10 March 2002

Top Zanu-PF man wants government of national unity under Tsvangirai

Robert Mugabe's government has little hope of solving Zimbabwe's problems, renegade Zanu PF MP and former Justice Minister Eddison Zvobgo conceded in an exclusive interview on the eve of elections. He added that the country's hopes lay with a government of national unity, with the rival Movement for Democratic Change – and with Mugabe's bitter opponent, Morgan Tsvangirai, as president of Zimbabwe. In the run-up to elections, Zvobgo has been increasingly at odds with Mugabe and his henchmen, particularly with regard to Information Minister Jonathan Moyo's attacks on press freedom. As chairman of the parliamentary legal committee, Zvobgo first put up - and then withdrew - his opposition to the controversial Access to Information and Protection of Privacy Bill, which he described as "a calculated and determined attack on the freedoms of Zimbabweans".

On Friday, March 8, night, he said of his opposition to the Bill: "Upholding the constitution is a duty which I have to pursue, regardless of the consequences. Any person who brings a Bill that is bristling with arrows that are pointed at the heart of freedom to my committee, I will have no hesitation in setting that legislation aside." Of Zanu-PF, the party he helped establish in the bitter war of independence against Rhodesia, Zvobgo candidly admitted that it, and not the world at large, had failed Zimbabwe - particularly with regard to the land issue. "Some factors were beyond our control, but others were within our grasp and either we mismanaged the situation or we hesitated and lost an opportunity. Clearly, we have not finished what we set out to do. The devil which spoilt everything was when we decided to take the land. It was only when we did that that we became anathema to the World Bank, the IMF and our own financial institutions, who pointed out that, once we took the farms, banks ended up with useless pieces of paper [title deeds]."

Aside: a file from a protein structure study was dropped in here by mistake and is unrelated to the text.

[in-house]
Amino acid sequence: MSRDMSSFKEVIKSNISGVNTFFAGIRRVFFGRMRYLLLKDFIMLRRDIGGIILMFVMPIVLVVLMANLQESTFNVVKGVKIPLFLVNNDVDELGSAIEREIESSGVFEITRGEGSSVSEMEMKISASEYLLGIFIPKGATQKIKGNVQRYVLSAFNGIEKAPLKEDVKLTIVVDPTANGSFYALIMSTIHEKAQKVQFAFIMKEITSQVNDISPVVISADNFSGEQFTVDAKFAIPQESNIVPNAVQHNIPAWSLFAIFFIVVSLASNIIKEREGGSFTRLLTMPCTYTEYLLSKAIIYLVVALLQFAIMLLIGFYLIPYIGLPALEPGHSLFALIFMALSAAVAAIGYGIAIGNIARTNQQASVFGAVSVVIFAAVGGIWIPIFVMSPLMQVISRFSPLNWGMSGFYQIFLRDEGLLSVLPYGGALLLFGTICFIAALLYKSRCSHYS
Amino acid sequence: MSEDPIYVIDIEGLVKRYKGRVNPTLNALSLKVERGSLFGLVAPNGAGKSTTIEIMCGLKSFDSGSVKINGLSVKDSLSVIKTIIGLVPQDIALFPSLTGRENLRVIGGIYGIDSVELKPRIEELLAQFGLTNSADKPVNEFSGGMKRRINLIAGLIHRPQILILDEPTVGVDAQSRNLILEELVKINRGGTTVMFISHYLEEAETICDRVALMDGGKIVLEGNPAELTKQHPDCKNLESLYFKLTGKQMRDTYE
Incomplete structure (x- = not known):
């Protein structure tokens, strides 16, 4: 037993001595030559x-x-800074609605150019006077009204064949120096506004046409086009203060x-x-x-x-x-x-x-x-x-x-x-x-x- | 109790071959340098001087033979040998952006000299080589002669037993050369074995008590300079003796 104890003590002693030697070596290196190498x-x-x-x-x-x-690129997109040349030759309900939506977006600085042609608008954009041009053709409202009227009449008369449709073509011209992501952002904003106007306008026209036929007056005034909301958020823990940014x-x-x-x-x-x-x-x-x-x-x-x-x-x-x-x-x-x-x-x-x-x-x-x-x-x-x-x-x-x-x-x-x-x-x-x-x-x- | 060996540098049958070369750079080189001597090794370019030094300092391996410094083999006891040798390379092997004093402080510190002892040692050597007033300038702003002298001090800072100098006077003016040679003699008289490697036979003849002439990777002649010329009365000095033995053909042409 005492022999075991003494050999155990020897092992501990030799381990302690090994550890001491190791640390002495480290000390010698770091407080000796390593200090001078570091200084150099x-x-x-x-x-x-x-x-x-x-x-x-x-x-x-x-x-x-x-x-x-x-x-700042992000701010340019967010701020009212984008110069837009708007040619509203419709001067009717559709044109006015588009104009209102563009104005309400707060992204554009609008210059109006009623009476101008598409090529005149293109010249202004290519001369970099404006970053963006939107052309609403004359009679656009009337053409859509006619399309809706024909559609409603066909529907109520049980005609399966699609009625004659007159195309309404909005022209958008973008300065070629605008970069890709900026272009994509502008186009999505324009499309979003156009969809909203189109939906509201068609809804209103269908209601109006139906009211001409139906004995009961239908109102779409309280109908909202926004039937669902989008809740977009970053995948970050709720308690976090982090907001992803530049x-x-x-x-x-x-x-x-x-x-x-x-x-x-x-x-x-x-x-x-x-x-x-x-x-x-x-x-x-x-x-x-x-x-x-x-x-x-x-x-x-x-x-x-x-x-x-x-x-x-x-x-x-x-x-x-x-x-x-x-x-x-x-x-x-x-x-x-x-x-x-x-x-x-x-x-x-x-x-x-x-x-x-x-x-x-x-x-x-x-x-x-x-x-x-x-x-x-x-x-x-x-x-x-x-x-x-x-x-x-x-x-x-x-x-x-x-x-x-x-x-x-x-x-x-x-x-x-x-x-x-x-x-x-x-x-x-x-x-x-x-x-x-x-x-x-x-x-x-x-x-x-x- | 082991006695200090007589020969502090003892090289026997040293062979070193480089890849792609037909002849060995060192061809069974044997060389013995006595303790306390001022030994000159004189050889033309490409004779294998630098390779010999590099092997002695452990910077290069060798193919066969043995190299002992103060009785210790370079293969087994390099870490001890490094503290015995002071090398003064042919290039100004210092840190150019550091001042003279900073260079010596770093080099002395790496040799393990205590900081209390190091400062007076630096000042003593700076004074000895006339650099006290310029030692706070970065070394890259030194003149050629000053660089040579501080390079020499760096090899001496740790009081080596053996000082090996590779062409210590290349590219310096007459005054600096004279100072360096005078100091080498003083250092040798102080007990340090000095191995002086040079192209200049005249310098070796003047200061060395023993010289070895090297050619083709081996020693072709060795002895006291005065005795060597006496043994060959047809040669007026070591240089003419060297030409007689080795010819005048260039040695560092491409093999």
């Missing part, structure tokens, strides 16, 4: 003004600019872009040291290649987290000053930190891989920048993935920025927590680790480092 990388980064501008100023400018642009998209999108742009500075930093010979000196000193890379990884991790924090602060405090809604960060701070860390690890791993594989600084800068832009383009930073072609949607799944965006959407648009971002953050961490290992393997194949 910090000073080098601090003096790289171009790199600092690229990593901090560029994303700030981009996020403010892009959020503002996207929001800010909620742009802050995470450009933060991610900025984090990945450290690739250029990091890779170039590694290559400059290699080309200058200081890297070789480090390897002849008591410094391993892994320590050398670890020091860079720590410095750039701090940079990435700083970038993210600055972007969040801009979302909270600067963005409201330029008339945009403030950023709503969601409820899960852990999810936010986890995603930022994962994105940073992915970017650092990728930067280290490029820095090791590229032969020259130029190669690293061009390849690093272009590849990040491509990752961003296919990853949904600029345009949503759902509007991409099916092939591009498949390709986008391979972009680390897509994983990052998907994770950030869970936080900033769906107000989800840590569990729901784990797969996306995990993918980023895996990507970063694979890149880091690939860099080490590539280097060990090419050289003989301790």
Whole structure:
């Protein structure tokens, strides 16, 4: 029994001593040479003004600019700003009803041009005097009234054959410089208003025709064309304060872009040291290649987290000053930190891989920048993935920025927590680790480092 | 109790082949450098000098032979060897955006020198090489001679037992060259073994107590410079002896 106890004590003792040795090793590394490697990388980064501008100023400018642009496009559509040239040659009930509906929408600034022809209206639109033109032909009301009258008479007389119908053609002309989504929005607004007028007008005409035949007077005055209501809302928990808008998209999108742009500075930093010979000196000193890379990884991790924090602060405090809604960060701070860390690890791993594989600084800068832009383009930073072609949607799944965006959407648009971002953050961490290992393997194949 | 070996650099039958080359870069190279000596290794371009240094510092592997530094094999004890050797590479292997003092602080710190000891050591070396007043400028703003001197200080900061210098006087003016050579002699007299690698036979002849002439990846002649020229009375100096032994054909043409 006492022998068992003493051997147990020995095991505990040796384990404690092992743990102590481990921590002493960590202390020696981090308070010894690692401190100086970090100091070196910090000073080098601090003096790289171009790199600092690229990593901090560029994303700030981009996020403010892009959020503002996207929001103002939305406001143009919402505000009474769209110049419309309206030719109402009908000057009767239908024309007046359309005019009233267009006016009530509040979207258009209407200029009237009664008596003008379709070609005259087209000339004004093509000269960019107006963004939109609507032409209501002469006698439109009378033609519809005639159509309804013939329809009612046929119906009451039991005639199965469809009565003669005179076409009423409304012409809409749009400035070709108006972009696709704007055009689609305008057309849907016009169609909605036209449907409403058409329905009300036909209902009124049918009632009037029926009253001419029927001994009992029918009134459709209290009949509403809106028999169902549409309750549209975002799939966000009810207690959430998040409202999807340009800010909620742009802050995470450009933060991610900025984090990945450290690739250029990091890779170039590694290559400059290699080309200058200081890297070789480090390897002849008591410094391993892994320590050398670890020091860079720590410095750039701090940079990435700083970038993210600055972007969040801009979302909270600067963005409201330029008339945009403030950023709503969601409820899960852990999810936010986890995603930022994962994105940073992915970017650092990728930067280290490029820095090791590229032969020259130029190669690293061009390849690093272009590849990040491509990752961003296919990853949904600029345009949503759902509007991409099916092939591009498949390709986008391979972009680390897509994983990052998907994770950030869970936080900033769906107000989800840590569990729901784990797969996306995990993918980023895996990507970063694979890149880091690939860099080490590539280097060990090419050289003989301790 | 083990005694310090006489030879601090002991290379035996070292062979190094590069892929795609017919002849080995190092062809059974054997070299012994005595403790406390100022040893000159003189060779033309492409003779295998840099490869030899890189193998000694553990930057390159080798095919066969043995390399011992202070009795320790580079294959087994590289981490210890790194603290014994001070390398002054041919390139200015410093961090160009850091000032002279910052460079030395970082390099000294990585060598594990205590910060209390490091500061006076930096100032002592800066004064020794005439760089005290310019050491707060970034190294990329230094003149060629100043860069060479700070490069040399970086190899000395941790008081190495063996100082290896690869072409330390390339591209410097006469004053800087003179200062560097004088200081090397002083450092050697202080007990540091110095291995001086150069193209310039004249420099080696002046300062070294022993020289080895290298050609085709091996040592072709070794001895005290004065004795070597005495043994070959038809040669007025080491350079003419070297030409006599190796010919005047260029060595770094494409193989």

Zvobgo maintains that Zanu PF remains the most popular political force in the country but admitted the party had lost support in key areas in recent years - particularly among urban voters. Of the violence that has marred the election campaign, he admitted that, in some areas, "gruesome acts have been committed but it's been difficult to identify the perpetrators". Violence is contrary to Zanu PF policy, he said, but "you will find people in every party who take the law into their own hands". On the possibility of a coup if the election went against Mugabe, Zvobgo said there were people in Zanu PF who "would never support a coup. We are a democratic people and . . . I cannot see what would be gained by any attempt. Even if it succeeded, it could never be permanent." Of Zimbabwe's future and of a solution to its problems, he said: "Solving the problems of the country would be much harder to achieve under Zanu PF. People would fall over themselves to support president Tsvangirai. Although I would not accept a ministerial position in any government, I believe that, because of the magnitude of the problems and the . . . fracturing of our society these problems have caused, a government of national unity would make matters easier." (ZWNews / Sunday Times, SA)


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